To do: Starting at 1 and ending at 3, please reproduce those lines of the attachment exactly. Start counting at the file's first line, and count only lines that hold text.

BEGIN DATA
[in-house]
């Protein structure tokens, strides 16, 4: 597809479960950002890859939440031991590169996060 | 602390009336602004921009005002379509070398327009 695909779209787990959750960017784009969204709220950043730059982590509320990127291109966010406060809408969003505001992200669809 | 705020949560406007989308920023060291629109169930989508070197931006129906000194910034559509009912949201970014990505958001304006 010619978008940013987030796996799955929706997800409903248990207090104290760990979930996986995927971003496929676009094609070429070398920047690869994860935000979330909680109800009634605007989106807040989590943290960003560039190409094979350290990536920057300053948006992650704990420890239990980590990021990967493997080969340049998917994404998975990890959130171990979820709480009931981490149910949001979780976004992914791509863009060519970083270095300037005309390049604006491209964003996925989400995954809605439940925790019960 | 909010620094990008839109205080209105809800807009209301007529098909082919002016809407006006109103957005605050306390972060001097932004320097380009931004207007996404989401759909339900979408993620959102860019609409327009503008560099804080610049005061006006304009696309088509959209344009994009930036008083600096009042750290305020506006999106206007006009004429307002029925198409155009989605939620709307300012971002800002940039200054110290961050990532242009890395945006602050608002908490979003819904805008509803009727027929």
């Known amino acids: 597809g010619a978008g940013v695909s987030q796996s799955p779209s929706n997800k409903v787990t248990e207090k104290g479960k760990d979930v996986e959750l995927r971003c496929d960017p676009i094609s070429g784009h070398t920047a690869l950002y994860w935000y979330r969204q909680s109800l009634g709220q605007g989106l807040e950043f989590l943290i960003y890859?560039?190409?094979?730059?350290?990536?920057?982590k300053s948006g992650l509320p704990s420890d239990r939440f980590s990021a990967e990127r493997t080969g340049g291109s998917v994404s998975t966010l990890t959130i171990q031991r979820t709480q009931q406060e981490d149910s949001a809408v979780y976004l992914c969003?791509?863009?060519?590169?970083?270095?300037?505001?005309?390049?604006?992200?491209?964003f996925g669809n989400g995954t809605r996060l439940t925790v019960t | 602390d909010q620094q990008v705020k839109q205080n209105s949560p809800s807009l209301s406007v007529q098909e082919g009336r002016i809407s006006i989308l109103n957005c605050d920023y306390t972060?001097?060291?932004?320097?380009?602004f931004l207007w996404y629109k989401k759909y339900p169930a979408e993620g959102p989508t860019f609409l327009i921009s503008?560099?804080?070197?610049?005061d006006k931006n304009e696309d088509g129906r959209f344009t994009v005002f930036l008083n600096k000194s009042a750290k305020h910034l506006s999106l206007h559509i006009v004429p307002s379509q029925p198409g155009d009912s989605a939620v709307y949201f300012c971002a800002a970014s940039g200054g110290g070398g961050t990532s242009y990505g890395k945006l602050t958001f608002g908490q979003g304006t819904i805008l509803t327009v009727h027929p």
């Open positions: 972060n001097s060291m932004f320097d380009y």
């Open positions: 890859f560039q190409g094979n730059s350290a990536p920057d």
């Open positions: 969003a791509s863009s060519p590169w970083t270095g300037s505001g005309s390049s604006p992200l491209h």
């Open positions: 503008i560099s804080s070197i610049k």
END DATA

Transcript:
[in-house]
């Protein structure tokens, strides 16, 4: 597809479960950002890859939440031991590169996060 | 602390009336602004921009005002379509070398327009 695909779209787990959750960017784009969204709220950043730059982590509320990127291109966010406060809408969003505001992200669809 | 705020949560406007989308920023060291629109169930989508070197931006129906000194910034559509009912949201970014990505958001304006 010619978008940013987030796996799955929706997800409903248990207090104290760990979930996986995927971003496929676009094609070429070398920047690869994860935000979330909680109800009634605007989106807040989590943290960003560039190409094979350290990536920057300053948006992650704990420890239990980590990021990967493997080969340049998917994404998975990890959130171990979820709480009931981490149910949001979780976004992914791509863009060519970083270095300037005309390049604006491209964003996925989400995954809605439940925790019960 | 909010620094990008839109205080209105809800807009209301007529098909082919002016809407006006109103957005605050306390972060001097932004320097380009931004207007996404989401759909339900979408993620959102860019609409327009503008560099804080610049005061006006304009696309088509959209344009994009930036008083600096009042750290305020506006999106206007006009004429307002029925198409155009989605939620709307300012971002800002940039200054110290961050990532242009890395945006602050608002908490979003819904805008509803009727027929």
């Known amino acids: 597809g010619a978008g940013v695909s987030q796996s799955p779209s929706n997800k409903v787990t248990e207090k104290g479960k760990d979930v996986e959750l995927r971003c496929d960017p676009i094609s070429g784009h070398t920047a690869l950002y994860w935000y979330r969204q909680s109800l009634g709220q605007g989106l807040e950043f989590l943290i960003y890859?560039?190409?094979?730059?350290?990536?920057?982590k300053s948006g992650l509320p704990s420890d239990r939440f980590s990021a990967e990127r493997t080969g340049g291109s998917v994404s998975t966010l990890t959130i171990q031991r979820t709480q009931q406060e981490d149910s949001a809408v979780y976004l992914c969003?791509?863009?060519?590169?970083?270095?300037?505001?005309?390049?604006?992200?491209?964003f996925g669809n989400g995954t809605r996060l439940t925790v019960t | 602390d909010q620094q990008v705020k839109q205080n209105s949560p809800s807009l209301s406007v007529q098909e082919g009336r002016i809407s006006i989308l109103n957005c605050d920023y306390t972060?001097?060291?932004?320097?380009?602004f931004l207007w996404y629109k989401k759909y339900p169930a979408e993620g959102p989508t860019f609409l327009i921009s503008?560099?804080?070197?610049?005061d006006k931006n304009e696309d088509g129906r959209f344009t994009v005002f930036l008083n600096k000194s009042a750290k305020h910034l506006s999106l206007h559509i006009v004429p307002s379509q029925p198409g155009d009912s989605a939620v709307y949201f300012c971002a800002a970014s940039g200054g110290g070398g961050t990532s242009y990505g890395k945006l602050t958001f608002g908490q979003g304006t819904i805008l509803t327009v009727h027929p």